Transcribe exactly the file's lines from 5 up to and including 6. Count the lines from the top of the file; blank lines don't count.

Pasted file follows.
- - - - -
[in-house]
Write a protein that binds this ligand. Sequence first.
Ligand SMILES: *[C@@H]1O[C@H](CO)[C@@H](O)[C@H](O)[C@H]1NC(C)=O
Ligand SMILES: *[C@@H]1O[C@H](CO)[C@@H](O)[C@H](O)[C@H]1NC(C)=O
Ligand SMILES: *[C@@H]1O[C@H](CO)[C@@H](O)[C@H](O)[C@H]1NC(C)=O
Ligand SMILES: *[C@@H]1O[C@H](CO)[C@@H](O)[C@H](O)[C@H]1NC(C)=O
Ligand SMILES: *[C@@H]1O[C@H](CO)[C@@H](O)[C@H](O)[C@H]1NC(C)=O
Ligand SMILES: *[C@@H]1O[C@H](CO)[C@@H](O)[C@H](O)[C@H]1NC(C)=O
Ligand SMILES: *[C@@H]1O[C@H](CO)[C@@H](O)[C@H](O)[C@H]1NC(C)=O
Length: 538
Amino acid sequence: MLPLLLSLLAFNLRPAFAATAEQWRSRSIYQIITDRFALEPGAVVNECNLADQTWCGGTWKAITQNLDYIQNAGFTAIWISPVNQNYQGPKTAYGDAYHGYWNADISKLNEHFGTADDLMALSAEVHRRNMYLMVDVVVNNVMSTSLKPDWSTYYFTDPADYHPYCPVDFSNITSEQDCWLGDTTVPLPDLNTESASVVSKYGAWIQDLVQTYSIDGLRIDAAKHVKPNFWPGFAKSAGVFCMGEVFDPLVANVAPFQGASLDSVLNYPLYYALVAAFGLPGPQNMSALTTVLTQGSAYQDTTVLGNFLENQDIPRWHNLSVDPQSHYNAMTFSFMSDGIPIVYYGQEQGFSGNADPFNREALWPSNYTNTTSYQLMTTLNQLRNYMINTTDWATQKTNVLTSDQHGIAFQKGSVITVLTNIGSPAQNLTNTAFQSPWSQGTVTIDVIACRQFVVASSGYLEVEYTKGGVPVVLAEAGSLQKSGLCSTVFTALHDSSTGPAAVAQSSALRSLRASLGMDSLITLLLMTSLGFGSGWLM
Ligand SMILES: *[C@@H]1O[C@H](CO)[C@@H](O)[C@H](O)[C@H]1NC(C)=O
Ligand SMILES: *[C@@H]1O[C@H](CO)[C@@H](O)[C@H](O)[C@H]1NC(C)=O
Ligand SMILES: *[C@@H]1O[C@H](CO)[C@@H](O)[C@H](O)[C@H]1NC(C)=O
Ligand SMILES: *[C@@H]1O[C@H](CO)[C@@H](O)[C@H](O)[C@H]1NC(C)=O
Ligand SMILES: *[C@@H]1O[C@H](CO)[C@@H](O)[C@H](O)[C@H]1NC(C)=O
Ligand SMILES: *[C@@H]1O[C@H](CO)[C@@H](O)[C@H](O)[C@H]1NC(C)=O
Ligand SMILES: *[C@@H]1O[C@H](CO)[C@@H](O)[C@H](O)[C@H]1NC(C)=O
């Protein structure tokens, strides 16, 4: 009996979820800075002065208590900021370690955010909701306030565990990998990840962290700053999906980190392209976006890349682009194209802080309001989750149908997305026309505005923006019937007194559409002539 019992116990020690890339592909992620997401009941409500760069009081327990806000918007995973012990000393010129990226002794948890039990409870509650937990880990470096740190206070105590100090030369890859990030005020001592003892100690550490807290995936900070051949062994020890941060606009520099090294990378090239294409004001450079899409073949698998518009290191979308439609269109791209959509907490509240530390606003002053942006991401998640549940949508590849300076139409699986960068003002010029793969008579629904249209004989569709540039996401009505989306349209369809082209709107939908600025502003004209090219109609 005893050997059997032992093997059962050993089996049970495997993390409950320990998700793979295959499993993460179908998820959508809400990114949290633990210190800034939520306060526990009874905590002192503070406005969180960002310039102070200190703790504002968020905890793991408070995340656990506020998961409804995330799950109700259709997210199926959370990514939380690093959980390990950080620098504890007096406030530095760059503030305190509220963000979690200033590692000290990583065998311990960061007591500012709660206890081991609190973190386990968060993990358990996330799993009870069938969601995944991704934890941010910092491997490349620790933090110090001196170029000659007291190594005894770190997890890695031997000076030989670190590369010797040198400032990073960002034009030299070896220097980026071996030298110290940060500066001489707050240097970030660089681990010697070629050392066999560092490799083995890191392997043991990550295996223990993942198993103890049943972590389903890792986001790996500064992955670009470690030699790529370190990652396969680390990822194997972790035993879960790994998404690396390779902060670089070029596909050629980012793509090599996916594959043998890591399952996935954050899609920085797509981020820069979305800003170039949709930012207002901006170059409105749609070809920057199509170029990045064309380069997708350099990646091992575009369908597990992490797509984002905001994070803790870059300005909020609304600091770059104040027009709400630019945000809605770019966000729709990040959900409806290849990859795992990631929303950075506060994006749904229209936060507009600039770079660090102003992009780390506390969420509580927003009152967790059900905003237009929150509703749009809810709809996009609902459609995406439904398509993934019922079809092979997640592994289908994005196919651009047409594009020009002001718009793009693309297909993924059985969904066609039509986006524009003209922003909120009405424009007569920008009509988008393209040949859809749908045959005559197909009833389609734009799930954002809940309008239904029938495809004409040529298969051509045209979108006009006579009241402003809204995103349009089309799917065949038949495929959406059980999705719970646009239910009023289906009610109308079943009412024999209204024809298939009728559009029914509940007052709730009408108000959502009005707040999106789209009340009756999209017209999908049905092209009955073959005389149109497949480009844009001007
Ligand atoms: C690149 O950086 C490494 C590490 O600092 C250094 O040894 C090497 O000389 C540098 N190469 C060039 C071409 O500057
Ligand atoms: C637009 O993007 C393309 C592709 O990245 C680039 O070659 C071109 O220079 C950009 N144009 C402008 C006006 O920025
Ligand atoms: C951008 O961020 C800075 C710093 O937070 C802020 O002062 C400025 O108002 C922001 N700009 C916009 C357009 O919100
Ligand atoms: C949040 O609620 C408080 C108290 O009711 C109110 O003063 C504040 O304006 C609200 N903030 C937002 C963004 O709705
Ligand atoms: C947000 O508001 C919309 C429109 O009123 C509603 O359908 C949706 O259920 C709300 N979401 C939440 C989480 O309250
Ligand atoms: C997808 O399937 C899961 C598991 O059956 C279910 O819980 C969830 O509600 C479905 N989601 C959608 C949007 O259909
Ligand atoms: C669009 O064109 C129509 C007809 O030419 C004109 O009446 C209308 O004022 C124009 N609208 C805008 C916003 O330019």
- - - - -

Ligand SMILES: *[C@@H]1O[C@H](CO)[C@@H](O)[C@H](O)[C@H]1NC(C)=O
Ligand SMILES: *[C@@H]1O[C@H](CO)[C@@H](O)[C@H](O)[C@H]1NC(C)=O